The cold was sinking into the very earth around them, bending down the thin grassblades like fine hairs. Tiny ice-balls rattled and bounced over the tops of his shoes and he was grateful again for the extra price put into the leather. It had meant living on oven-baked cereal for a month, but how could he care now that he was finally warm?

“Nothing else of note, Constable?”

“No, sir.” Swann’s very tone of voice was apologetic. “Clear-cut, sir.”

“Clear-cut.” He repeated. “We can only hope so.”

Their soles crunched loudly over the tops of the brittle grass and occasional spots of exposed paving-stones. Behind them the fog was rolling down with the slight slope of the earth.

Before they could reach the heavy oak door, it opened from the inside. Cast iron hinges squeaked and shed rust-powder.

Chief Inspector Davids was tall enough that he had to fold himself down to get through most doorways built before King Henry VIII. They gave him space as he re-lengthened his long limbs beneath the folds of his coat and tailored trousers. Unfortunately the man had to take off his hat every time. He had to.  The taller Welsh Princes of the Hill had mixed with the Giants of Ulster and made something Very Tall Indeed.

In his youth, Davids had been known to battle through a riot without pause.  Now he couldn’t walk a Roman Mile without stopping to take a breath at the end. “My lungs are at a higher altitude,” he would say as he mopped his face.  When Lestrade was a green Constable he smiled to be joked with.  The older and wiser new Inspector was not smiling.

“There you are, gentlemen.” Davids smiled wryly from behind a face scored with weariness. Under the tin-coloured sky his skin was scarce darker. “We’re all finished up here.”

“I think we are too, sir.” Lestrade touched his brim out of deference, even if he wasn’t certain which loyalty pulled him the more: Davids his teacher, or Davids his dying friend.

“Constable, if you wouldn’t mind giving your friends a hand…”

Swann left eagerly to join his companions inside. Lestrade couldn’t blame him. The inside was a horror, but it was sheltered from the outside.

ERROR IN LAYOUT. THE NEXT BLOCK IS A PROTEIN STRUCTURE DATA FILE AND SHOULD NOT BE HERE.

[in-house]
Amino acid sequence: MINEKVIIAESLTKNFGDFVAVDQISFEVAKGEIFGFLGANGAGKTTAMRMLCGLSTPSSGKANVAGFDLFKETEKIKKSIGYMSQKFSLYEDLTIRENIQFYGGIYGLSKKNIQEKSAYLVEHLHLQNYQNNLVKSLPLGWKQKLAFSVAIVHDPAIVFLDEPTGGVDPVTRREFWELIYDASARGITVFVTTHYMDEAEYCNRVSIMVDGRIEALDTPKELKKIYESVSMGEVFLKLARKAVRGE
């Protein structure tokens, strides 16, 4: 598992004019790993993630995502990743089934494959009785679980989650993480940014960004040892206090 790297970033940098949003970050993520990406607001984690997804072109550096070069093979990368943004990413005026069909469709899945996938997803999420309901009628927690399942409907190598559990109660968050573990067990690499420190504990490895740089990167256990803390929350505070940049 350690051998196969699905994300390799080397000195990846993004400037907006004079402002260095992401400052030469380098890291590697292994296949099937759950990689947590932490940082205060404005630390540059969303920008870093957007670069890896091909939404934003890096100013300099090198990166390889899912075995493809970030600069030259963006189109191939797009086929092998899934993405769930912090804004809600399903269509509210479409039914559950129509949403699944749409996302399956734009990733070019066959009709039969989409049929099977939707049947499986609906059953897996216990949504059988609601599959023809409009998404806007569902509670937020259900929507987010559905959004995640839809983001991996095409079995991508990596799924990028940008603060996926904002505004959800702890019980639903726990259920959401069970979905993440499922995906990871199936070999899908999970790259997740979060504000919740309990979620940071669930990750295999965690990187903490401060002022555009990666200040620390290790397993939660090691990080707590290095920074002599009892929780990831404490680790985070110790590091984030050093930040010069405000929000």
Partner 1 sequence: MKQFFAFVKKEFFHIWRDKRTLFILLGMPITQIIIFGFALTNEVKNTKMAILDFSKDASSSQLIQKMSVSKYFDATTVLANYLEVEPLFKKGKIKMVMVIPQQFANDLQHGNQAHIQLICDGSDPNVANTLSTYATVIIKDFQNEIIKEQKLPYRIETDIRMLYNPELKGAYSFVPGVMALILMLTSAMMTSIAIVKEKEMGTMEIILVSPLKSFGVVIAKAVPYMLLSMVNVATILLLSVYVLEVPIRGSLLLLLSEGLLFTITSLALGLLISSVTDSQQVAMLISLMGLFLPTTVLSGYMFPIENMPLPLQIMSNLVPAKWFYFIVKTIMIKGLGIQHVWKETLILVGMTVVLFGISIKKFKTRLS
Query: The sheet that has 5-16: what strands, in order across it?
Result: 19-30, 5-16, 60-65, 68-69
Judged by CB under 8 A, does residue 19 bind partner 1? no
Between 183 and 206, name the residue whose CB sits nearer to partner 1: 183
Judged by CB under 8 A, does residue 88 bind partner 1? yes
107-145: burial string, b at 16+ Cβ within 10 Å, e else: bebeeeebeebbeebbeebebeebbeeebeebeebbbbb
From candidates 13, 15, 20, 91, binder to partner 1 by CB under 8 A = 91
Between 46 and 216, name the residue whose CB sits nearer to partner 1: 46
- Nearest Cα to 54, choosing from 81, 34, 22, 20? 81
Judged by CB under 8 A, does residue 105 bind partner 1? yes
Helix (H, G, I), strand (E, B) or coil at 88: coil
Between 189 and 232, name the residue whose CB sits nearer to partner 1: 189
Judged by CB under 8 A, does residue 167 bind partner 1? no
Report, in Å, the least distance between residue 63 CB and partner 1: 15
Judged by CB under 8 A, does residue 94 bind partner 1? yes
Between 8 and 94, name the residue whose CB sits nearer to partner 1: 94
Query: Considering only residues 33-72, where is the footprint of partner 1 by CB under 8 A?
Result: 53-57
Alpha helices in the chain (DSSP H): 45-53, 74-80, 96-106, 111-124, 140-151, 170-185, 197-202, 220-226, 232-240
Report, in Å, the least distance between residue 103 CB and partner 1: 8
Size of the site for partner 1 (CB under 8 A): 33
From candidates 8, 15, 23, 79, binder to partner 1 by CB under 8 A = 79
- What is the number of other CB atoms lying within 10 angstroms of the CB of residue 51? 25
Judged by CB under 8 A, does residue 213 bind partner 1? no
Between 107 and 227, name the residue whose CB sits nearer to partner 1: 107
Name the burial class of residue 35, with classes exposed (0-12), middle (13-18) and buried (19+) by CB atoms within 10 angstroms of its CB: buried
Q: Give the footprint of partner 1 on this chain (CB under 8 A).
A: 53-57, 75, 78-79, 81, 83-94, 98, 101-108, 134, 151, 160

The little detective waited with slowly freezing feet as Davids closed his eyes and took a deep breath. The abnormality that made him so tall and strong in his youth was now the stamp of his growing weakness.

“Let’s take a walk, shall we?” The Chief asked the younger man.

Davids led them out of the crumbling garth and down the uneven road. The soft soil of the night before had frozen to glass and they minded each step.

It was absolutely silent. Nothing chirped or sang; there was no bark of a restless dog or even the sound of a faraway horse further down the road or in the stables outlying the land before one got to London. The train was gone like a ghost. Lestrade couldn’t begin to guess where the lines were if he hadn’t heard it the first time.

No sound but themselves…the crunch of ice and occasional wet sound of a heel-slip against the fog-kissed stones. And their breathing…

Lestrade burrowed into the muffler about his neck, hoping Davids would take the hint but he didn’t. Despite the air the Chief Inspector was refusing to protect his dwindling lungs. He was breathing light and shallow in concession to human weakness…but that was it.

They were gone a quarter-mile before Davids finally spoke. “The Missus gave me some of the sorbs. Good and ready, she said.” He pulled out a pocket-handkerchief wrapped delicately around a double-handful of small objects. “When was the last time you had one of these?”

“Years, I think.” Lestrade took the top one off the pile. “We’d blet them on a wooden plank.”

Davids made a sniffing sound that meant something amusing had just happened inside his brain.

“Penny for your thoughts?”

“You’d be getting a ha’penny back.” Davids told him. “Funny when you think of it…we can’t eat these things until they’re overripe and starting to get a little…alcoholic.”

“I can’t say this qualifies as imbibing on duty.” Lestrade let the small fruit dissolve on his tongue. It tasted as good as he remembered; sweet as one of those fancy dates in the market but hardly as expensive.

“It just strikes my funny bone that something has to be past ripe before it’s fit to eat.”

“That does sound funny.”

Davids put one in his own mouth. “What did you think?”

“Of the case?” Lestrade snorted to himself. “Why did they call us? Anyone could tell it was an accident.”